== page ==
Experiences like this lead Beck to shift away from psychoanalytic insights about unconscious conflicts and toward cognitive insights about automatic thoughts like, “I’m boring.” By changing those automatic thoughts, patients could change how they feel and live, and thus cognitive therapy was born. But it soon ran into the same hurdle that psychoanalysis did. Whether it was an analytic interpretation or a challenge to automatic thoughts, patients didn’t change much unless their new beliefs came with some emotional weight.

As Albert Ellis, a cofounder of the cognitive approach put it, “It appears that simply comprehending the notion that one’s beliefs are dysfunctional or irrational is insufficient in fostering change. Thus, the primary appeal to logic and reason during the process of disputing irrational beliefs, while compelling, may be rather limiting in the long run.”  Ellis drew the same line between emotional and intellectual insight as the psychoanalysts had. “Emotional-insight” he wrote in 1963, is a “radically different, essentially more forceful, effective, and committed kind of behavior.”

Insight in Behavior Therapy
In the 1970’s, cognitive therapy and behavior therapy merged, effectively putting the B in CBT. But the two are not always happy cabin mates, and in some ways cognitive therapy’s approach to insight bears more resemblance to psychoanalysis than behavior therapy.

Unlike analysts and cognitive therapists, the behavior therapist has no interest in whether a patient’s beliefs and insights are true or false. They view beliefs as behaviors – thinking is a behavior, as is feeling.  That’s right, feeling is a behavior.  It sounds strange to our ears because we’re used to thinking of behavior as an act of free will, while feelings are reactions. But free will has no concept in behavior therapy. The behaviorist is interested in what happens, and the reinforces that make it more or less likely to happen again.

Here’s how that looks in therapy.  Both cognitive and behavioral therapists start with a situation, like “My friend called me up and invited me for dinner.” The cognitive therapist then wants to know about the automatic thought that was triggered by the situation, such as “I’m not likeable.”  The thought then causes a behavior: “I stayed at home.”

The behavior therapist skips right over the thought and goes to the action. The invitation triggered a behavior: “I stayed at home.” The behavior then has a consequence, which goes in column three: “I felt less anxious.” A Ha says the behavior therapist – when you stay at home you feel better – you feel less anxious – we have discovered what reinforces your avoidance! You’re doing it for a good reason.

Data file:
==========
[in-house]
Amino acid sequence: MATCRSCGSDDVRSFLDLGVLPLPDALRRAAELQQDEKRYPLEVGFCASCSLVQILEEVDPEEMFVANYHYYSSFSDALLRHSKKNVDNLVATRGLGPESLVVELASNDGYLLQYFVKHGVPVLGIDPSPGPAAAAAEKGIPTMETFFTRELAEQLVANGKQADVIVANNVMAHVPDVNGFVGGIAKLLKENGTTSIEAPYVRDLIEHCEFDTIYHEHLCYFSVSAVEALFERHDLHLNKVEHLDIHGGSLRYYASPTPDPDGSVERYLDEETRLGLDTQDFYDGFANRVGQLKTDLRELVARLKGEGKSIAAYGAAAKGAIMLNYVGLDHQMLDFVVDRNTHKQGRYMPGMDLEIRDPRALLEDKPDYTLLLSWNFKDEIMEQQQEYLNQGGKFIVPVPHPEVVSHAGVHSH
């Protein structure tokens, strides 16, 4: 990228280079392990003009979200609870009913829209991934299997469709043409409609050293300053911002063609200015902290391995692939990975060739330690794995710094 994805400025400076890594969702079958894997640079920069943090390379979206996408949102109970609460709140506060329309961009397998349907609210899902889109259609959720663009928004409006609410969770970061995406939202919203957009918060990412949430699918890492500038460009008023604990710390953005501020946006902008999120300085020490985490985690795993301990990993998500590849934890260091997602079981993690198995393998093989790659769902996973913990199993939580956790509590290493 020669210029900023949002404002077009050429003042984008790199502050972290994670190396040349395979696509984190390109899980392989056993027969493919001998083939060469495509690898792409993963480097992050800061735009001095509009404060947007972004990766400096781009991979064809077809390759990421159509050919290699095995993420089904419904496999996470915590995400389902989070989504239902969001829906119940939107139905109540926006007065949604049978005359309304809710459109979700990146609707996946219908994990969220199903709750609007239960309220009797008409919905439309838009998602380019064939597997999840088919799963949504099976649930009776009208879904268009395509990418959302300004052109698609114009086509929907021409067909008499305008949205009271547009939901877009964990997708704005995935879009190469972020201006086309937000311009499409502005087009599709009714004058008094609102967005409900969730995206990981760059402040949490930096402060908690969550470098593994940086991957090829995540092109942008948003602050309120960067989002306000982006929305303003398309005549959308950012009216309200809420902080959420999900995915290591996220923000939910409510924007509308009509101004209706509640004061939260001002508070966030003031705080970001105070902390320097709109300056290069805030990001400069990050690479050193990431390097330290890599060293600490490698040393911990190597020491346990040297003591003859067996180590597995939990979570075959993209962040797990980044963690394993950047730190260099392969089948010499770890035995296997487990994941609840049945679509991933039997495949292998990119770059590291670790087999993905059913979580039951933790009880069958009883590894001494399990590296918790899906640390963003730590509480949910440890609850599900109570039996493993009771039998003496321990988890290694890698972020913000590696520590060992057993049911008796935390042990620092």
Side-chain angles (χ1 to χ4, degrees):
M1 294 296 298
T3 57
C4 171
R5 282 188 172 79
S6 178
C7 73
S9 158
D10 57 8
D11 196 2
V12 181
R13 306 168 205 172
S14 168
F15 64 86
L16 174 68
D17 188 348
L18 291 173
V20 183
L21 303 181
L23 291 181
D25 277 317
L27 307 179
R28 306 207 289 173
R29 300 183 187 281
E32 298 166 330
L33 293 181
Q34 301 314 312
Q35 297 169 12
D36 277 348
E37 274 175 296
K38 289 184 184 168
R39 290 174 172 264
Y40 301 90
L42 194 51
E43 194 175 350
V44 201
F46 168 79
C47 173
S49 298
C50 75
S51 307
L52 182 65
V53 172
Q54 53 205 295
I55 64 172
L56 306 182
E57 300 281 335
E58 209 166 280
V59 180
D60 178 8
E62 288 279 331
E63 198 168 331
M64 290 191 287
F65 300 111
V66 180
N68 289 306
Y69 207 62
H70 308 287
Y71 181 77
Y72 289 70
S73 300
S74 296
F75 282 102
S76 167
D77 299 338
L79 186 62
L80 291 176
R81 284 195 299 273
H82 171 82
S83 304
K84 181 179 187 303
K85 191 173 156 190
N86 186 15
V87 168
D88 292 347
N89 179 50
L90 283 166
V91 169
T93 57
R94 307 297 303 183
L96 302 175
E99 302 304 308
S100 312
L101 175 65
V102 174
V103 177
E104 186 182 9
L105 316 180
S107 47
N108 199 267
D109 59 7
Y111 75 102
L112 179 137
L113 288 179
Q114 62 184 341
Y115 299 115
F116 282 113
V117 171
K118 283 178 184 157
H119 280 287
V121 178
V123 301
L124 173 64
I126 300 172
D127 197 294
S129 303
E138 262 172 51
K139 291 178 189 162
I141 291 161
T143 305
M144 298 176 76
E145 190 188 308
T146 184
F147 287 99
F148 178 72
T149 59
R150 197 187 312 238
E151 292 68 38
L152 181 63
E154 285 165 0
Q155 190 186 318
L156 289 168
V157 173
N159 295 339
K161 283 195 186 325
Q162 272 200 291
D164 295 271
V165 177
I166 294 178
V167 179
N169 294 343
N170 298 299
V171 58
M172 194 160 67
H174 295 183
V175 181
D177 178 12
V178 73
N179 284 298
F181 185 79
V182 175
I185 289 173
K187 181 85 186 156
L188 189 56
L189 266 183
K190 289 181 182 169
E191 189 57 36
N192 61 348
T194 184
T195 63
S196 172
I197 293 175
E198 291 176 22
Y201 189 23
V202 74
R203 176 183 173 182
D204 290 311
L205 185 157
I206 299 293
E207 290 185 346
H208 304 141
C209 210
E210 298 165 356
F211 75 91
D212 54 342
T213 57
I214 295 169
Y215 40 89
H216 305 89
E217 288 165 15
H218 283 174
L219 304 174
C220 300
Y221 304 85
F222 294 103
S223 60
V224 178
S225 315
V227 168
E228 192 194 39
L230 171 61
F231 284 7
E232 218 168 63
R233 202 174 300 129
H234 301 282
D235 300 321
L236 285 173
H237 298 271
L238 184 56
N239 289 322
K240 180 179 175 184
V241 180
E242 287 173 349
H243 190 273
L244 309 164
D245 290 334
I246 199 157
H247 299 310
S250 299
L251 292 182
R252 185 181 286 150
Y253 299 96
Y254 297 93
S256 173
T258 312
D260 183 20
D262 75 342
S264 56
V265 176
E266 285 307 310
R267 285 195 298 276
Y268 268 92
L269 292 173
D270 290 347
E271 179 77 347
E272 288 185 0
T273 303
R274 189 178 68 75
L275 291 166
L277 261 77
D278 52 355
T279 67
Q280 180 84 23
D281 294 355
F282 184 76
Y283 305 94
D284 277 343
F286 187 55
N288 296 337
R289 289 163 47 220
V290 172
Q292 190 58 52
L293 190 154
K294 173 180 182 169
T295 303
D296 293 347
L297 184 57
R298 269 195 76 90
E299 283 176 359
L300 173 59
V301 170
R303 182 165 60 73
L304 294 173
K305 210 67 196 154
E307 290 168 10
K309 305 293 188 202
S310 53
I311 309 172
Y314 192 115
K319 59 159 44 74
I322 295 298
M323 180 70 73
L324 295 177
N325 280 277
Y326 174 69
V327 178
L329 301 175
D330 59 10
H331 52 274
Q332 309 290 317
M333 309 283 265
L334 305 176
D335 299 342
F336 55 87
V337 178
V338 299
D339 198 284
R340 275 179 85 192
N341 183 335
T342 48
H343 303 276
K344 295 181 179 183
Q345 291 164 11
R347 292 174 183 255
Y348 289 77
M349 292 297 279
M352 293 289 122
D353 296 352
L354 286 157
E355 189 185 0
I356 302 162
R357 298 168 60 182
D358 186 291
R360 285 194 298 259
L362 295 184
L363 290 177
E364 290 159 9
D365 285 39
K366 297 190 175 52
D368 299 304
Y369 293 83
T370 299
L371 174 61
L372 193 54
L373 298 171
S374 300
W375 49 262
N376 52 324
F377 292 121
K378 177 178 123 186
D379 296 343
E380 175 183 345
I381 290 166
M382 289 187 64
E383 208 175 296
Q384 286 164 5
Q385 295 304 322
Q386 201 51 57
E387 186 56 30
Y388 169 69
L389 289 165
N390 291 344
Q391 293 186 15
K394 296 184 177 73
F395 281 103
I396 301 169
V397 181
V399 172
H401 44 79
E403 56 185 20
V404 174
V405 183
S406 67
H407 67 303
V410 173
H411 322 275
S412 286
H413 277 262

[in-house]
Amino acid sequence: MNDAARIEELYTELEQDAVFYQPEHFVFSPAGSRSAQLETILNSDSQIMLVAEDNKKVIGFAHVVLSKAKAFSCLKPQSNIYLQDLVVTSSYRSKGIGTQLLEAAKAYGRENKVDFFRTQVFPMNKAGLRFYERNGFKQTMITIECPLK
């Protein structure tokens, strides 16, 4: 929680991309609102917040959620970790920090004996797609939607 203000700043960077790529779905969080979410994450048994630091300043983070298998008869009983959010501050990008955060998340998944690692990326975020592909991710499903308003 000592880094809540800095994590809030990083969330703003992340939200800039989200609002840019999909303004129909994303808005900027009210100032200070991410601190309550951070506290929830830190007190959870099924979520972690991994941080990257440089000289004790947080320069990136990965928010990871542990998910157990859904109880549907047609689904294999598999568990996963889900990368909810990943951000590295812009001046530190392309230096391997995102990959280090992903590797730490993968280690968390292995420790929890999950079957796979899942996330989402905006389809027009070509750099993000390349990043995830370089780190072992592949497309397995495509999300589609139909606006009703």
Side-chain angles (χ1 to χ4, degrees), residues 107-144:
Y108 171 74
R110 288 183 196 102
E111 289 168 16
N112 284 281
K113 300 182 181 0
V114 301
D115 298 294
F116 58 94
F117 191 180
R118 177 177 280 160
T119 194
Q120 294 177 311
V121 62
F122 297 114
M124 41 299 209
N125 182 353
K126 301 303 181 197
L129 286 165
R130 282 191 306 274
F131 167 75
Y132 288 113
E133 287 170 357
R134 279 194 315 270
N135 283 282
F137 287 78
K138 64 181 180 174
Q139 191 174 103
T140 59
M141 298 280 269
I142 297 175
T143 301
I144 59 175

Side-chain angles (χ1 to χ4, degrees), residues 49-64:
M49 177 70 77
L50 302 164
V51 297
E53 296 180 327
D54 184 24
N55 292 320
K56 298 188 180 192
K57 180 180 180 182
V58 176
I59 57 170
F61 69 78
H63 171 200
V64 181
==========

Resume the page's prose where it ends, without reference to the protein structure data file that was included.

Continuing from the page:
So how does the behaviorist help them change?  They help the patient get in touch with the positive reward of going out to dinner, or the long-term negative result of staying at home. To do this, they connect the actions with emotions through questions like, how does it affect your life to stay at home and turn down invitations?” They might try to connect going to dinner with more heartfelt, emotive values that the patient has, say if they value building friendships: “how is staying at home consistent with your values, dreams, and plans?” Just like therapists before them, they are trying to make these ideas emotionally relevant.

The Dangers of Insight
“Where ignorance is bliss, ’tis folly to be wise” wrote the poet Thomas Gray in 1742. Some have questioned whether too much insight is a good thing. It’s uncomfortable to learn of one’s own fears, doubts, conflicts, painful memories, or paranoid beliefs.

One place where insight can go wrong is rumination. Rumination is a repetitive style of thought that keeps wrestling with a problem without ever arriving at a conclusion. We see it a lot in depression, and the things that trigger rumination are the same themes that contribute to insight:  Thoughts about the self, about the meaning of things, and existential questions like “Why does this keep happening to me.”

Rumination focused CBT is a new form of cognitive behavioral therapy developed by Edward Watkins; we interviewed him in June of 2018. There’s some evidence that addressing rumination through RF CBT can bring patients to fuller remission than regular CBT.

RF CBT looks on rumination as a behavior, and it’s a slightly addictive one that’s – even when it’s painful – is reinforced. One reinforcer is insight. Patients who ruminate often report that rumination gives them greater insight into the self so that they can solve problems and learn from past mistakes. Research shows the opposite: these same patients have poorer problem solving abilities than non-ruminators.

My own sense is that rumination is problem solving gone awry. It’s like when you’re trying to close a broken window in an antique house and you can’t get it closed but you keep pushing from different angles – all the while you think you’re getting closer but you’re really just breaking the window more. When patients ruminate, it gives them the illusion that they’re solving a problem, which feels good, but in reality they never take action or arrive at a decision… they remain with the same level of depressive avoidance as before.